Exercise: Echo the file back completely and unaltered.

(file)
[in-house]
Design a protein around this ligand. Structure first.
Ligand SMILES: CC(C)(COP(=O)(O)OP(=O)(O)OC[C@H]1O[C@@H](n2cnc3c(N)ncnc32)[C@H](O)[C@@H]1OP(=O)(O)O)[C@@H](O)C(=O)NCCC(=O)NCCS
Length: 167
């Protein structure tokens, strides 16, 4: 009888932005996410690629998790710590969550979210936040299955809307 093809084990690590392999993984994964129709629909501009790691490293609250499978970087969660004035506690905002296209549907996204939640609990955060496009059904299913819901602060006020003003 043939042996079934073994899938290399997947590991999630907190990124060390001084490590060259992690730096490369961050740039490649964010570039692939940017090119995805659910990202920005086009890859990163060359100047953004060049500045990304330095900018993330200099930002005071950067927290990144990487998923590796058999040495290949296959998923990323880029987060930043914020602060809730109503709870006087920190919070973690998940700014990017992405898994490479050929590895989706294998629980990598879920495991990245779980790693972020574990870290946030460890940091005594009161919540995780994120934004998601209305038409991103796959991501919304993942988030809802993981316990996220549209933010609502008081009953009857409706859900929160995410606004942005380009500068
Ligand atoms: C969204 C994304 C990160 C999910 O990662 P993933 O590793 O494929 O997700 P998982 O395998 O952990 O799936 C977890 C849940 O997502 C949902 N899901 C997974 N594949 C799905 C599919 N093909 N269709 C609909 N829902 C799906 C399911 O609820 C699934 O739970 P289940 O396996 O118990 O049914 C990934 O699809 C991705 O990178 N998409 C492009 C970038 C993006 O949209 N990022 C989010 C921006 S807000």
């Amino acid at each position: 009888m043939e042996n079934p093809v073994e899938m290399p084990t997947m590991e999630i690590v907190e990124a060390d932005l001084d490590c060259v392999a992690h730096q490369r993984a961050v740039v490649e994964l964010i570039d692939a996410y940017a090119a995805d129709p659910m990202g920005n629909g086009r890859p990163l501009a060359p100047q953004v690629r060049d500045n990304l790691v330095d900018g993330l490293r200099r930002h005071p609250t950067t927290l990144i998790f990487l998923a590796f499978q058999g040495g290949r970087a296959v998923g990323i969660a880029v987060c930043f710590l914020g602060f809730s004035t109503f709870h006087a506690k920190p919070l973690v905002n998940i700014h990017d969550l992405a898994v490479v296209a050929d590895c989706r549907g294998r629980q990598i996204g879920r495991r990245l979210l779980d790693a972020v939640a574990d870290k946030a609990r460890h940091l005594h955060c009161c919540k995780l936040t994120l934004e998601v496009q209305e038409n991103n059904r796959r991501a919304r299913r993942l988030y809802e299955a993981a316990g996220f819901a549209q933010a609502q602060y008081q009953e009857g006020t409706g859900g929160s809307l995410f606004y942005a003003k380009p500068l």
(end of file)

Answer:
[in-house]
Design a protein around this ligand. Structure first.
Ligand SMILES: CC(C)(COP(=O)(O)OP(=O)(O)OC[C@H]1O[C@@H](n2cnc3c(N)ncnc32)[C@H](O)[C@@H]1OP(=O)(O)O)[C@@H](O)C(=O)NCCC(=O)NCCS
Length: 167
């Protein structure tokens, strides 16, 4: 009888932005996410690629998790710590969550979210936040299955809307 093809084990690590392999993984994964129709629909501009790691490293609250499978970087969660004035506690905002296209549907996204939640609990955060496009059904299913819901602060006020003003 043939042996079934073994899938290399997947590991999630907190990124060390001084490590060259992690730096490369961050740039490649964010570039692939940017090119995805659910990202920005086009890859990163060359100047953004060049500045990304330095900018993330200099930002005071950067927290990144990487998923590796058999040495290949296959998923990323880029987060930043914020602060809730109503709870006087920190919070973690998940700014990017992405898994490479050929590895989706294998629980990598879920495991990245779980790693972020574990870290946030460890940091005594009161919540995780994120934004998601209305038409991103796959991501919304993942988030809802993981316990996220549209933010609502008081009953009857409706859900929160995410606004942005380009500068
Ligand atoms: C969204 C994304 C990160 C999910 O990662 P993933 O590793 O494929 O997700 P998982 O395998 O952990 O799936 C977890 C849940 O997502 C949902 N899901 C997974 N594949 C799905 C599919 N093909 N269709 C609909 N829902 C799906 C399911 O609820 C699934 O739970 P289940 O396996 O118990 O049914 C990934 O699809 C991705 O990178 N998409 C492009 C970038 C993006 O949209 N990022 C989010 C921006 S807000």
């Amino acid at each position: 009888m043939e042996n079934p093809v073994e899938m290399p084990t997947m590991e999630i690590v907190e990124a060390d932005l001084d490590c060259v392999a992690h730096q490369r993984a961050v740039v490649e994964l964010i570039d692939a996410y940017a090119a995805d129709p659910m990202g920005n629909g086009r890859p990163l501009a060359p100047q953004v690629r060049d500045n990304l790691v330095d900018g993330l490293r200099r930002h005071p609250t950067t927290l990144i998790f990487l998923a590796f499978q058999g040495g290949r970087a296959v998923g990323i969660a880029v987060c930043f710590l914020g602060f809730s004035t109503f709870h006087a506690k920190p919070l973690v905002n998940i700014h990017d969550l992405a898994v490479v296209a050929d590895c989706r549907g294998r629980q990598i996204g879920r495991r990245l979210l779980d790693a972020v939640a574990d870290k946030a609990r460890h940091l005594h955060c009161c919540k995780l936040t994120l934004e998601v496009q209305e038409n991103n059904r796959r991501a919304r299913r993942l988030y809802e299955a993981a316990g996220f819901a549209q933010a609502q602060y008081q009953e009857g006020t409706g859900g929160s809307l995410f606004y942005a003003k380009p500068l």